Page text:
July 15, 2014 4:13 pm
Updated: July 16, 2014 10:29 am

Could Canada host the 2026 FIFA World Cup (and do we even want to)?

Canadian support is high as the team celebrates their 1-0 win over Panama in a FIFA 2014 World Cup Qualifier at BMO field in Toronto, Ontario, Sept. 7, 2012.


TORONTO – Though Brazilians are likely still reeling from their defeat on the soccer field, the country was praised for giving the world a “smoothly run, exuberant sporting spectacle”—a spectacle the Canadian Soccer Association (CSA) has its eye on for World Cup 2026.

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A spokesman for Canada’s Minister of State for Sport Bal Gosal said discussions are in the “very early stages” with the CSA, the organization that would be responsible for the bid.

“In accordance with the Federal Policy for Hosting International Sport Events, any decision on potential support for bids will be subject to due diligence by federal government officials,” wrote spokesperson Robert Lynch in an email to Global News.

So would Canada get support from the government and the public, or face the same criticism that plagued Brazil over delayed stadiums and spending? Here’s a look at challenges our country would have to address to host the big event.

Enough stadium space?

Sport marketing instructor at York University’s Schulich School of Business Vijay Setlur said fan support and volunteerism won’t be an issue, but whether the country has enough facilities needed to stage an event of World Cup calibre will be the main challenge.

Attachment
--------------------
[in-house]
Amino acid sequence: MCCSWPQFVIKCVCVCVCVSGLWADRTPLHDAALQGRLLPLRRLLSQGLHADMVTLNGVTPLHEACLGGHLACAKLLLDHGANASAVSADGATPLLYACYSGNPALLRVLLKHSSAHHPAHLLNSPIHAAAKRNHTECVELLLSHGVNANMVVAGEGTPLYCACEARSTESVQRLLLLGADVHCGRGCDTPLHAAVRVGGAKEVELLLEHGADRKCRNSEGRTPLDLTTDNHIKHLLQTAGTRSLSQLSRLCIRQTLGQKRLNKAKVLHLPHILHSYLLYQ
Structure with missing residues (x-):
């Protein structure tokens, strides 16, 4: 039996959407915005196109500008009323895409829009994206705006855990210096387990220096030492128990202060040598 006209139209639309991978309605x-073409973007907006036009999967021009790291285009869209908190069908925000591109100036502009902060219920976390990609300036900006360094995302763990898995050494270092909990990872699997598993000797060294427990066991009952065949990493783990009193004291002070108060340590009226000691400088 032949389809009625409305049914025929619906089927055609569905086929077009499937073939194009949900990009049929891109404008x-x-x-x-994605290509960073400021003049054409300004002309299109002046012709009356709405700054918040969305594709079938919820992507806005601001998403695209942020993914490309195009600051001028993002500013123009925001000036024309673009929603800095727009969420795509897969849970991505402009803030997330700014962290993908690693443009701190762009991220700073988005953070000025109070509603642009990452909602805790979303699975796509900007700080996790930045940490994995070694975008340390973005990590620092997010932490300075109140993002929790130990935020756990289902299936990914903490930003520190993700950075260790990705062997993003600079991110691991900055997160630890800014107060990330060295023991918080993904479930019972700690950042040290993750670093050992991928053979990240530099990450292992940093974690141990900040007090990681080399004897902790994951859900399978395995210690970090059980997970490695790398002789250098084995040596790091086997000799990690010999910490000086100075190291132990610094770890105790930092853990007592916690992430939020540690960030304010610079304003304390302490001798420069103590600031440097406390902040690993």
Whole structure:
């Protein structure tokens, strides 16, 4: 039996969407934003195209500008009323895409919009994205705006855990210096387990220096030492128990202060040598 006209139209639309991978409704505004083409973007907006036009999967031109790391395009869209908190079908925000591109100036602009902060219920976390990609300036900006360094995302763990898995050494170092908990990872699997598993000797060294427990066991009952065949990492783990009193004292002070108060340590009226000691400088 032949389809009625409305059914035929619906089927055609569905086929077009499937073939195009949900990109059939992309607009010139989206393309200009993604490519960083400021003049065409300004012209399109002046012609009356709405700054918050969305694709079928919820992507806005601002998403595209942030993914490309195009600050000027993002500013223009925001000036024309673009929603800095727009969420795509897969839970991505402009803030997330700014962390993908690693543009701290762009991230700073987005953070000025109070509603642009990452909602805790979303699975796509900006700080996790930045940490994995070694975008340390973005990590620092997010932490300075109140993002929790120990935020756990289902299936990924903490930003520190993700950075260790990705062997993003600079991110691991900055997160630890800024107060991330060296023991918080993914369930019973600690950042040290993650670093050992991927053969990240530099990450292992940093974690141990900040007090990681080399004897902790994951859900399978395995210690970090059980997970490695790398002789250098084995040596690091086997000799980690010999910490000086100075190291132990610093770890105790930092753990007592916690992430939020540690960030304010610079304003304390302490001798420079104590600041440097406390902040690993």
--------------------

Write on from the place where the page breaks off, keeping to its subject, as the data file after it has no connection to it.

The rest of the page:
Setlur said most large stadia in Canada are used by Canadian Football League (CFL) teams, and would need some kind of renovation to increase capacity and/or amenities. But the former soccer journalist said the timing is good because of the new facilities opening and various renovations already underway across many Canadian cities.

“The stadia renaissance comes at an interesting time because with the CSA preparing to submit its bid for the World Cup by 2016, they’ll be able to highlight not only the completed stadia, but also the ones that are in the pipeline,” Setlur told Global News.

“So it may not take as much to renovate them or bring them up to FIFA standards given this renaissance, whereas if this renaissance wasn’t in effect, then there’d be a long way to go to get these stadiums up and ready.”

Setlur suggested there’s a chance we won’t need to build any facilities from scratch, except potentially a “main stadium” for the opening match and championship final, which FIFA requires to seat 80,000 people.

Montreal Impact fans during the MLS match between the Montreal Impact and the Chicago Fire at the Olympic Stadium on March 17, 2012 in Montreal, Quebec, Canada. Olympic Stadium is Canada’s largest such facility.

Richard Wolowicz/Getty Images

Canada’s current largest stadium is Montreal’s Olympic Stadium which seats more than 65,000; Setlur said additional seating there would be a possibility.

“We’re further along in terms of preparedness right now—even before submitting a bid—than the last two countries that have bid for and won the right to host the event.”

Coordinating with the CFL

When it comes to the potential use of CFL stadiums, the timing would overlap with its summer season. But Setlur suggests Canada could avoid conflicts by sticking to FIFA’s minimum requirement of eight stadiums, and notes venues such as Montreal’s Olympic Stadium which is only used for the Alouettes’ playoff games.